Tuesday, May 22, 2018

Children and violence in schools

One thing that's different today than when I was a kid (a time when teens weren't shooting up their schools), we had compulsory recess and P.E. classes--only terrible rain storms, or below zero cold kept us indoors. We ran, screamed, climbed, and terrorized each other on the playground. I did have a bloody nose once from being hit in the face with a trapeze bar on the swing set, but it was my own fault. Maybe some kids were medicated, but the idea that little boys, and a few little girls, have pathological doses of energy that only Big Pharma can solve came much later. We had kids who were hungry, some smelled bad, some had no father, some were not smart enough to even complete elementary school, and I'm sure they felt rejection, but I don't remember being afraid of them, or that they feared for their own safety.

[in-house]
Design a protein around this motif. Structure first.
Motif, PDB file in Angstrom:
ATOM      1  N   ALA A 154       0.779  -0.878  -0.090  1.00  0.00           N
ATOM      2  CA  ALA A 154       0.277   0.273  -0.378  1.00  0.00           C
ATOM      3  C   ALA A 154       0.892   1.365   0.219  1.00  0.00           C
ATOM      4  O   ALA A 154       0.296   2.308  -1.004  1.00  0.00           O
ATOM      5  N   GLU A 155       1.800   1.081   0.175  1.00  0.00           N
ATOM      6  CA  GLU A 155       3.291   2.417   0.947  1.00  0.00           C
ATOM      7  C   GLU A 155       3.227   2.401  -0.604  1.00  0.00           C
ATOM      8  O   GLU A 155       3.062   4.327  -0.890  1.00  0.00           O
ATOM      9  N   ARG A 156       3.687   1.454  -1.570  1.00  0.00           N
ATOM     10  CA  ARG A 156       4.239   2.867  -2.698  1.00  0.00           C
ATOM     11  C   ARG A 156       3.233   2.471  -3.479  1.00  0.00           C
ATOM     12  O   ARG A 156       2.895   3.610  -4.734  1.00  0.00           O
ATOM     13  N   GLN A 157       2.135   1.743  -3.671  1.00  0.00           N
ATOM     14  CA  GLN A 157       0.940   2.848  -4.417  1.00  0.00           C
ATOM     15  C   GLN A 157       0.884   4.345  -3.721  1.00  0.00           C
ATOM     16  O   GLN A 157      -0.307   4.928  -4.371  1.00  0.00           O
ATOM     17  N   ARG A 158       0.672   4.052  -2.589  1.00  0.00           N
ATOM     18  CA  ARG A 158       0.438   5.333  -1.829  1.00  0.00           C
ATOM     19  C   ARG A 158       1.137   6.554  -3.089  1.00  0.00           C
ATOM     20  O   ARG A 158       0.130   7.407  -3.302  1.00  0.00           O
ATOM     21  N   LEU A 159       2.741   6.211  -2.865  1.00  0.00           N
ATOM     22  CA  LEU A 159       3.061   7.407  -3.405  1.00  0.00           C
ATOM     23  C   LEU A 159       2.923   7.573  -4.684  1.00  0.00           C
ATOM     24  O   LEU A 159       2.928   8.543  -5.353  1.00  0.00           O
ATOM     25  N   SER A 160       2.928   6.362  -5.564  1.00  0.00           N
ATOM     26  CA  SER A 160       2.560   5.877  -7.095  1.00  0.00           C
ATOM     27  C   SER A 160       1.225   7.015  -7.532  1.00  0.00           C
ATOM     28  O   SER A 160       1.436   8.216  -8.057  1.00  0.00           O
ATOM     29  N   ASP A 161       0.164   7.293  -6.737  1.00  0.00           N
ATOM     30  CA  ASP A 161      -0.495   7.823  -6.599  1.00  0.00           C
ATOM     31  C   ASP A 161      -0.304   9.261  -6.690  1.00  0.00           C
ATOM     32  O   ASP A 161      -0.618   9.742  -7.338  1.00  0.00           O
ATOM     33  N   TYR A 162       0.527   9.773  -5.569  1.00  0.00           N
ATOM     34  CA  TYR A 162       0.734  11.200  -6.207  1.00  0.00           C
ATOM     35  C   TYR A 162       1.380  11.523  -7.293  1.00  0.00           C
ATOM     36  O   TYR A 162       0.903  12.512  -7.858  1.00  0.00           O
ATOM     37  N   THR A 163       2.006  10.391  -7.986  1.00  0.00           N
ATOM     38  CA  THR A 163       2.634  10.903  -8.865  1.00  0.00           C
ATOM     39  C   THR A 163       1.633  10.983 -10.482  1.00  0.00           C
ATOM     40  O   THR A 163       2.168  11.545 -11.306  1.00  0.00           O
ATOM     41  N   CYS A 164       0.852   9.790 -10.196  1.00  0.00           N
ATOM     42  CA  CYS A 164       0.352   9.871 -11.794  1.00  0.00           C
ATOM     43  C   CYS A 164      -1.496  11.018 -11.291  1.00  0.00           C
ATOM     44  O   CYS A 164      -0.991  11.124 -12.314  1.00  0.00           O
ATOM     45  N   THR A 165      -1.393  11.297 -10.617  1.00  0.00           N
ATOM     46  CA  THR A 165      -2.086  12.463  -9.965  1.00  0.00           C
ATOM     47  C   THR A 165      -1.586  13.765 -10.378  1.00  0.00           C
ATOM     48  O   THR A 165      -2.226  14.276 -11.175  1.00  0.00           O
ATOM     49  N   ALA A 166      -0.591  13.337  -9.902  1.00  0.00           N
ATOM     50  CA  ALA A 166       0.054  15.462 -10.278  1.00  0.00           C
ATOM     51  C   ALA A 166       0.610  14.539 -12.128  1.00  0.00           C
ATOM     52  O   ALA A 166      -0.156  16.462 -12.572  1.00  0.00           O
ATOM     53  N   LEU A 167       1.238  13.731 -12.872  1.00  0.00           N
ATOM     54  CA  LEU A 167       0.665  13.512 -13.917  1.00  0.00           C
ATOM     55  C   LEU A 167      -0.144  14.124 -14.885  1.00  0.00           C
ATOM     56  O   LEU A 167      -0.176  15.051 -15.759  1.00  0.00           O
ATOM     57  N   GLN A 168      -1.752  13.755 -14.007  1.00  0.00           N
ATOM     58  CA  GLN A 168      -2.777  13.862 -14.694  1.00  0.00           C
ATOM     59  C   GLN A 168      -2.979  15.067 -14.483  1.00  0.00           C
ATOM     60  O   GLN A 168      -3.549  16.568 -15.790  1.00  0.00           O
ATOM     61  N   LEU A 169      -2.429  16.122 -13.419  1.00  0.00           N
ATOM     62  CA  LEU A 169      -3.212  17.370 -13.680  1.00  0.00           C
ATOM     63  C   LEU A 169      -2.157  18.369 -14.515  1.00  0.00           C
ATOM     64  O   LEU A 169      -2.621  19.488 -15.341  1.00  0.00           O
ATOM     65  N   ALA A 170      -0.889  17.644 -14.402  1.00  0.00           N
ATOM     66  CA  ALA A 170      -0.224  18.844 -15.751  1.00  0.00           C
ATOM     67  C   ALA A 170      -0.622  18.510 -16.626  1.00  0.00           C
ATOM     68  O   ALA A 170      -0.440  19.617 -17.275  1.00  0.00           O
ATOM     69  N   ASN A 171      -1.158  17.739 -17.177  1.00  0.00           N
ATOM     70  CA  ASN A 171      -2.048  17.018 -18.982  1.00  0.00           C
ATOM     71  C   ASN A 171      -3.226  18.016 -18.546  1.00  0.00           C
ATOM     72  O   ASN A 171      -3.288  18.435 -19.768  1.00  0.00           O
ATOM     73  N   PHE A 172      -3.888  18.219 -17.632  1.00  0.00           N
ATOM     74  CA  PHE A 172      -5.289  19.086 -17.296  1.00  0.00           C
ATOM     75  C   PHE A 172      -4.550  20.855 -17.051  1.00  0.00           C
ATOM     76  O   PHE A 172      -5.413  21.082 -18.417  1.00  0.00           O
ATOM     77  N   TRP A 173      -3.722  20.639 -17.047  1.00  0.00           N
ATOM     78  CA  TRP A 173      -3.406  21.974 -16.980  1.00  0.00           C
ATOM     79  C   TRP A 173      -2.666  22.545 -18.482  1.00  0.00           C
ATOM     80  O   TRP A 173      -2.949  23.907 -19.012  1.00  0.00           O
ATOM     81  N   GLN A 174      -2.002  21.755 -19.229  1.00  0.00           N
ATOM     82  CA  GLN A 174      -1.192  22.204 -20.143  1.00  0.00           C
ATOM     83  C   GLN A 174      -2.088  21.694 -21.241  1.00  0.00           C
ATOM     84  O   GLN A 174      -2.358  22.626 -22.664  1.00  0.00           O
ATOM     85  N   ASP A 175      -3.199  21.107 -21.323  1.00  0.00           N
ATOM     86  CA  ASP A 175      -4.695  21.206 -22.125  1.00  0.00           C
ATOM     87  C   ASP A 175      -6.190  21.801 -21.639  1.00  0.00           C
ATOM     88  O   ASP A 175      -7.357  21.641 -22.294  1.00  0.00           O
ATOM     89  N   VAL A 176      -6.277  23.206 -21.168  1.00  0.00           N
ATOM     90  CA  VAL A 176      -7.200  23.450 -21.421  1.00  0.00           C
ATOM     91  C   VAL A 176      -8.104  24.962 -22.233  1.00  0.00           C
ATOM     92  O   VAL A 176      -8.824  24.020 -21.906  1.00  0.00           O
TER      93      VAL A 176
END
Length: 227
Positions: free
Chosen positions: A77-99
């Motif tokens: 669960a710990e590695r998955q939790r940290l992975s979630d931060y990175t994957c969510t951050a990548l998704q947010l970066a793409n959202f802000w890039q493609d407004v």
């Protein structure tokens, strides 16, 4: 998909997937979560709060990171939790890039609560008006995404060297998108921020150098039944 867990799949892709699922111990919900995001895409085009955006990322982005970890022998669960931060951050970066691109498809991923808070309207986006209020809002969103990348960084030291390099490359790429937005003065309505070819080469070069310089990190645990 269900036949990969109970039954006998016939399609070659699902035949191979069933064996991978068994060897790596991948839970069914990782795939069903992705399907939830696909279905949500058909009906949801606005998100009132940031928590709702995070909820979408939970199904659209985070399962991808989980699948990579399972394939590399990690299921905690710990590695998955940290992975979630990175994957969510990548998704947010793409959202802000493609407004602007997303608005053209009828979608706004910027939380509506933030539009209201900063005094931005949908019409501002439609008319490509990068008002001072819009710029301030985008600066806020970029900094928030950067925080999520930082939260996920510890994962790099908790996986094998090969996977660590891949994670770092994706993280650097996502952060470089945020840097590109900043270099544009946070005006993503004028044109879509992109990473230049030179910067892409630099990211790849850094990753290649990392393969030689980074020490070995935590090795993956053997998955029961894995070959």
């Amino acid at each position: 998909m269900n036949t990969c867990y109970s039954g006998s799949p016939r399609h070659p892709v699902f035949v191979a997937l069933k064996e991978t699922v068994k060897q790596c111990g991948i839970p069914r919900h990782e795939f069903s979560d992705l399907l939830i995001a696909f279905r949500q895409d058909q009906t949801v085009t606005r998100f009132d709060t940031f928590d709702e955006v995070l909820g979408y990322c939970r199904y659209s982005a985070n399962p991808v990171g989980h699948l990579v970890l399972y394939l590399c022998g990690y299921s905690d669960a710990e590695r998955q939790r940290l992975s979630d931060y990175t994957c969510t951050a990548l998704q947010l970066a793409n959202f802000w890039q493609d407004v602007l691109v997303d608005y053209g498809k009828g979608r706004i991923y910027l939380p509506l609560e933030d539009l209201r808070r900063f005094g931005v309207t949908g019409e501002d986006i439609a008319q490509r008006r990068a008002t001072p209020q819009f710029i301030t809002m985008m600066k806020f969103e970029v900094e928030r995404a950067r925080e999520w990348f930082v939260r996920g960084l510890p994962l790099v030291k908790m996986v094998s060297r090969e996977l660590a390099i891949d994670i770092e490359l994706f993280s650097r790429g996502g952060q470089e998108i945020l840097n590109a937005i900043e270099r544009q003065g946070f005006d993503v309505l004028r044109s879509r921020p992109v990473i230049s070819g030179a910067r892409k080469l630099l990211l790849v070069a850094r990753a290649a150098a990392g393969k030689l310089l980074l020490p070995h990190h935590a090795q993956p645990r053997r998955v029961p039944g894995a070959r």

The first DSM (1952) didn't recognize ADHD or any of the earlier names, and that's when I was in elementary school. But it was recognized in 1987 DSM-III, and now there are many, many medications to "fix" a non-disease, non-virus, non-disability and to keep primarily boys more manageable for teachers and parents. Once it had a name, lots of parents began reporting it to their pediatricians who could write prescriptions. Articles about hyperactivity (the earlier term) was a cottage industry for women’s magazines.

Also, in the 50s and 60s we weren't exposed to violence constantly as children. In homes, on TV, and in video games. Desensitization starts very young.  In fact, in my home growing up, we didn’t even have a TV—the worst I’d see was a Tom and Jerry cartoon at the movie theater on Saturday.

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